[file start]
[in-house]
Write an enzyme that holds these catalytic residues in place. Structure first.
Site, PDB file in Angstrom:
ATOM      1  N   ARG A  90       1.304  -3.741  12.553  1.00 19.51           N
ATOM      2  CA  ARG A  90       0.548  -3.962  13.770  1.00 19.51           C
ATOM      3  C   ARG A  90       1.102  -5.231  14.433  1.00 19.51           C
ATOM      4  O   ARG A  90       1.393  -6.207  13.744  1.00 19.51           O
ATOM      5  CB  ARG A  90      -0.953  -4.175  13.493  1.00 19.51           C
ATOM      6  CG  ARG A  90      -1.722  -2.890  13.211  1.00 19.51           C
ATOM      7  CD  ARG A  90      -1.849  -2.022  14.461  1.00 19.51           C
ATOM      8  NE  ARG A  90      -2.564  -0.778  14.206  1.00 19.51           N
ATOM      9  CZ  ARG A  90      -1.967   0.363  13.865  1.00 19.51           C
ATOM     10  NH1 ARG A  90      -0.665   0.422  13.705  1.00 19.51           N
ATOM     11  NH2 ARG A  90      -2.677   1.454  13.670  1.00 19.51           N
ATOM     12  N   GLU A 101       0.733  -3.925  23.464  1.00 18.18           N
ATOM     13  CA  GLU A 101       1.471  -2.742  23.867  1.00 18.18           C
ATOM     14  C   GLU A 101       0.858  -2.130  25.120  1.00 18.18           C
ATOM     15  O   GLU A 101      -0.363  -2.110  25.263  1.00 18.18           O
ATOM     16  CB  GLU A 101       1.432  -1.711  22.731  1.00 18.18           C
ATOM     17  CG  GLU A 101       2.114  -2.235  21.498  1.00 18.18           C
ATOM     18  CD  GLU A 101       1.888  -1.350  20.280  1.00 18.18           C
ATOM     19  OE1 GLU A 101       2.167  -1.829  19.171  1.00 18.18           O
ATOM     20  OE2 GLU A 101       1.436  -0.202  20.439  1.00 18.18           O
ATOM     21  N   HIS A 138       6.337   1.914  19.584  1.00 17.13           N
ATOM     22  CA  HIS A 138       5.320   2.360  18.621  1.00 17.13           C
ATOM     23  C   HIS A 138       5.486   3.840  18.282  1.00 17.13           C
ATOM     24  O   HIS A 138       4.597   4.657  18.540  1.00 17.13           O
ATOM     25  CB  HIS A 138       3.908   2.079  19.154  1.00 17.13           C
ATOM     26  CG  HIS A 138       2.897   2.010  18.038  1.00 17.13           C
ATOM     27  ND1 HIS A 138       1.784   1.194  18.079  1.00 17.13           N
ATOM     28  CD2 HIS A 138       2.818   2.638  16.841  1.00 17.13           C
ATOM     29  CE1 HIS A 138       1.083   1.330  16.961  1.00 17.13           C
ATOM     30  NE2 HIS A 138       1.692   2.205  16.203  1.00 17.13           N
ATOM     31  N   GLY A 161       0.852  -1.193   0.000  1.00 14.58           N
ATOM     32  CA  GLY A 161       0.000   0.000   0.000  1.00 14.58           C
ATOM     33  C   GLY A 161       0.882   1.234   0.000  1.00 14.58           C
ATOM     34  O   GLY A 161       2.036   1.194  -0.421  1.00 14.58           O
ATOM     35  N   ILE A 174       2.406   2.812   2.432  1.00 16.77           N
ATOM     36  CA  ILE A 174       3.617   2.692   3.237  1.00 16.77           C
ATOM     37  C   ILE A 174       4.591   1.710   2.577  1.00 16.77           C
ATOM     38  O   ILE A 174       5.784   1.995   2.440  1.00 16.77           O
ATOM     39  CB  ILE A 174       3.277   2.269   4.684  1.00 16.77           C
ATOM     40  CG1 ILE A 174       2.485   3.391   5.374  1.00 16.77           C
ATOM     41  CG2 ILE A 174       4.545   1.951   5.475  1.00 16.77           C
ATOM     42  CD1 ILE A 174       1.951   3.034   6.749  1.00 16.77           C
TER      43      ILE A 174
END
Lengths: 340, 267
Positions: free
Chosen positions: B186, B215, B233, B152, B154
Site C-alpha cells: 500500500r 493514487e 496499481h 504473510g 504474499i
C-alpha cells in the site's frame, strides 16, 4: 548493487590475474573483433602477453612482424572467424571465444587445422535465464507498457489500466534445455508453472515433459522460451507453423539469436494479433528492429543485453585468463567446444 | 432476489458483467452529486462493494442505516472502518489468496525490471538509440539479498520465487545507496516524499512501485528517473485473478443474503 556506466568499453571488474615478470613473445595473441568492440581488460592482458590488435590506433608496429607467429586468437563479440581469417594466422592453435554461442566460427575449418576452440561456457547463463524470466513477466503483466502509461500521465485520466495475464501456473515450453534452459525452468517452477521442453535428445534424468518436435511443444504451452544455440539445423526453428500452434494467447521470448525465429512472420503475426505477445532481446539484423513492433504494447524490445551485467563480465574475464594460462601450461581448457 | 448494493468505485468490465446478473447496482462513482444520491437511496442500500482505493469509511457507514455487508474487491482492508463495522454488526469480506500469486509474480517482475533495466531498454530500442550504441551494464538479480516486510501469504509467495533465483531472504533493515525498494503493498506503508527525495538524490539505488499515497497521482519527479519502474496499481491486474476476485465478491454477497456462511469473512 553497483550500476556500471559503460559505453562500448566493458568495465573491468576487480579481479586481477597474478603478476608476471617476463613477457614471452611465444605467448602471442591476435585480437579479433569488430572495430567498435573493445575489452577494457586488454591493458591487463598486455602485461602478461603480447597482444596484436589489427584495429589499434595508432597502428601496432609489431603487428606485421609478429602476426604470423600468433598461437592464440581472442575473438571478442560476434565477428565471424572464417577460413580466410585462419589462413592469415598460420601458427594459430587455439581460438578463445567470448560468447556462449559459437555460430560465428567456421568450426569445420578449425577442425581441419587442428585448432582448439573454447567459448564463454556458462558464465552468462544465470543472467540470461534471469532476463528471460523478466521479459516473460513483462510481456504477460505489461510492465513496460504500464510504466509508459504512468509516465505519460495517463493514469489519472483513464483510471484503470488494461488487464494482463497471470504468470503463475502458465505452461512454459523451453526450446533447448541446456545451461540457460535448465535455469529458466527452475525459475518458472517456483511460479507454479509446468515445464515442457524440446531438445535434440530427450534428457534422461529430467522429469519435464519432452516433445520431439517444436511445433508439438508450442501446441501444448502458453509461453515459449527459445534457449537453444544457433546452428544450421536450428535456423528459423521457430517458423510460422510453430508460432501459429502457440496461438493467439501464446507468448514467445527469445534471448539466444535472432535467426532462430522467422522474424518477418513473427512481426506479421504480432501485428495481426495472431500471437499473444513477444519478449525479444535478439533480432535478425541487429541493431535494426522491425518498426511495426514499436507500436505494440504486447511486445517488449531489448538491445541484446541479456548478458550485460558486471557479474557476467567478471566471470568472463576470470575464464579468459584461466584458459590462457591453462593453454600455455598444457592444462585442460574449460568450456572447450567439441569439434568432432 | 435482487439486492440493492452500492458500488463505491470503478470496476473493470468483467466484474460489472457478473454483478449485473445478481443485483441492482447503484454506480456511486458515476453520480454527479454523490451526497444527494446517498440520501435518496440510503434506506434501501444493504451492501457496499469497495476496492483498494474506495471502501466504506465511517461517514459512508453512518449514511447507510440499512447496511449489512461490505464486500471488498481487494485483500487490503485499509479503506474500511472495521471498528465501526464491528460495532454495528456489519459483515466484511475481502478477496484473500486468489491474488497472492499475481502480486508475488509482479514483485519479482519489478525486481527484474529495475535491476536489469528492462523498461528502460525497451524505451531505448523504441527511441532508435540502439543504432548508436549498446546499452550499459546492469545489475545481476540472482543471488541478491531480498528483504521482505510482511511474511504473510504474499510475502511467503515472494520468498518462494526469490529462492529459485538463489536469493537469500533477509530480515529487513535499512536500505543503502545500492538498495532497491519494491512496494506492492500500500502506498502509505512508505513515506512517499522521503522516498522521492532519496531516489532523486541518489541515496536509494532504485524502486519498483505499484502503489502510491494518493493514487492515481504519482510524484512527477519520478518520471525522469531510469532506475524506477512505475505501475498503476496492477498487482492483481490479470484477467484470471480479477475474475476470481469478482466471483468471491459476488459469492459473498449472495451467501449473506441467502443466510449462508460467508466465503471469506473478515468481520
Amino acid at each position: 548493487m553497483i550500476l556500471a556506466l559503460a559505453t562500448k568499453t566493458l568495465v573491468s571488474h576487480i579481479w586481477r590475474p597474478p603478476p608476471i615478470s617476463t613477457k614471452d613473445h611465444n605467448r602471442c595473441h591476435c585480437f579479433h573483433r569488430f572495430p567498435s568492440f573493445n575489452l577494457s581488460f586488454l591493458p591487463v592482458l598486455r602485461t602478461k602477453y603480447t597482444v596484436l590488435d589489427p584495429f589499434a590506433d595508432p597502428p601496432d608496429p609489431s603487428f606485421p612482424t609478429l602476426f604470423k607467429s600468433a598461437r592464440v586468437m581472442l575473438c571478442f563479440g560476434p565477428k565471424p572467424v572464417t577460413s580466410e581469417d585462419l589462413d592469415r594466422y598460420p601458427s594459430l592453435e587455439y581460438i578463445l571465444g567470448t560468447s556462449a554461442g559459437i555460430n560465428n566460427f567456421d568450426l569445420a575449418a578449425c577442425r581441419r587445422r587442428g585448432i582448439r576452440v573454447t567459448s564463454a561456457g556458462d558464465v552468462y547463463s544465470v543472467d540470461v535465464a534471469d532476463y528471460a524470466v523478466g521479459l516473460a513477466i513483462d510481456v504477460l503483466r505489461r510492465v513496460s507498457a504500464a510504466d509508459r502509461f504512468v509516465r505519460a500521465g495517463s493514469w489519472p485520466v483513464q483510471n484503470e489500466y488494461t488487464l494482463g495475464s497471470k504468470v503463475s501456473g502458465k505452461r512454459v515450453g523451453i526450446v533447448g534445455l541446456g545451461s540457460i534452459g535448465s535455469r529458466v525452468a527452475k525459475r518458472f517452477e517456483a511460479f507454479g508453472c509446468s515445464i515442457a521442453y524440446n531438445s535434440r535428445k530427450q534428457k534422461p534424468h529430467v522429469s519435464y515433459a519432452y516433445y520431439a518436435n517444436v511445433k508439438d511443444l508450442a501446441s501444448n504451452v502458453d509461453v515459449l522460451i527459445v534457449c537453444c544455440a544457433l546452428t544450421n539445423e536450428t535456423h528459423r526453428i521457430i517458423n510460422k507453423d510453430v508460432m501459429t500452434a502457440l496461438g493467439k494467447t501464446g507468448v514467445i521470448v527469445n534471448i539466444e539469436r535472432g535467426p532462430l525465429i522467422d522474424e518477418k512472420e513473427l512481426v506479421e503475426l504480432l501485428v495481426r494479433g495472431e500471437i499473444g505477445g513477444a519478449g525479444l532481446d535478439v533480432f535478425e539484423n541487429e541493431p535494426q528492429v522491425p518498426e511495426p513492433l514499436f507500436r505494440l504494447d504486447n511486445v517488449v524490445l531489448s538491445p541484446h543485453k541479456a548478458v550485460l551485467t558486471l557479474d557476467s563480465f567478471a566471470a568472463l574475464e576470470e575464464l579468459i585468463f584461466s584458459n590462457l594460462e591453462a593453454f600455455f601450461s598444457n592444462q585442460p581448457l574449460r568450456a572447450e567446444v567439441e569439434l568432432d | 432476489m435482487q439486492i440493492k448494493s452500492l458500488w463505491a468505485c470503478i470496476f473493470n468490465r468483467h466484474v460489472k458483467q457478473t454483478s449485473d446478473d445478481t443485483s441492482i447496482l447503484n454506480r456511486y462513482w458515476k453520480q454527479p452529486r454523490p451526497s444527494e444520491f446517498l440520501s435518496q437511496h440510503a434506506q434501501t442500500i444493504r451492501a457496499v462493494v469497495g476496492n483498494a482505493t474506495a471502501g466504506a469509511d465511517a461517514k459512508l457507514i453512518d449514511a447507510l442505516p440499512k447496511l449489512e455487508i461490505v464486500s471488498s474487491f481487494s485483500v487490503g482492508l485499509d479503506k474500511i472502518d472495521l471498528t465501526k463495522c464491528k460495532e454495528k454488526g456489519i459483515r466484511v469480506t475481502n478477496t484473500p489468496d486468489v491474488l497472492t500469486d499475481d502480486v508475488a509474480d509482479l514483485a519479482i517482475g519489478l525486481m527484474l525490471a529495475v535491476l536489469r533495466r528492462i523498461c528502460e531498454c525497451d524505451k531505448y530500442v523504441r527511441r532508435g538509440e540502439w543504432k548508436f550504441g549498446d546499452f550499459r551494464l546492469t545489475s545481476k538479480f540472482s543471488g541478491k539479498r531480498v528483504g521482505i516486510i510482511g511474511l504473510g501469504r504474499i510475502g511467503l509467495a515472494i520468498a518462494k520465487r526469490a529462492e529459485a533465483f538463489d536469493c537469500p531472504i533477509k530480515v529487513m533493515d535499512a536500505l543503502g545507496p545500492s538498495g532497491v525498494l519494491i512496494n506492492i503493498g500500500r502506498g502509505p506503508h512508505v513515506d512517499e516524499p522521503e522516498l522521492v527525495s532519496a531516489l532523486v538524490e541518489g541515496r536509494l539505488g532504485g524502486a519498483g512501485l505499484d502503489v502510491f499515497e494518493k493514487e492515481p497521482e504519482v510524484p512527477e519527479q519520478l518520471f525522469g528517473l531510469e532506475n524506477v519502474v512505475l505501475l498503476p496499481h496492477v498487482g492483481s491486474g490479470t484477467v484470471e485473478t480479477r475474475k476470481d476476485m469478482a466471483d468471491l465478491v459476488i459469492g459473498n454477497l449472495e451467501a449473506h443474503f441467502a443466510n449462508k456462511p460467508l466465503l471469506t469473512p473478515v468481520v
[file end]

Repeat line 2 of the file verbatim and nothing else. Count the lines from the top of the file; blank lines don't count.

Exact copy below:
Write an enzyme that holds these catalytic residues in place. Structure first.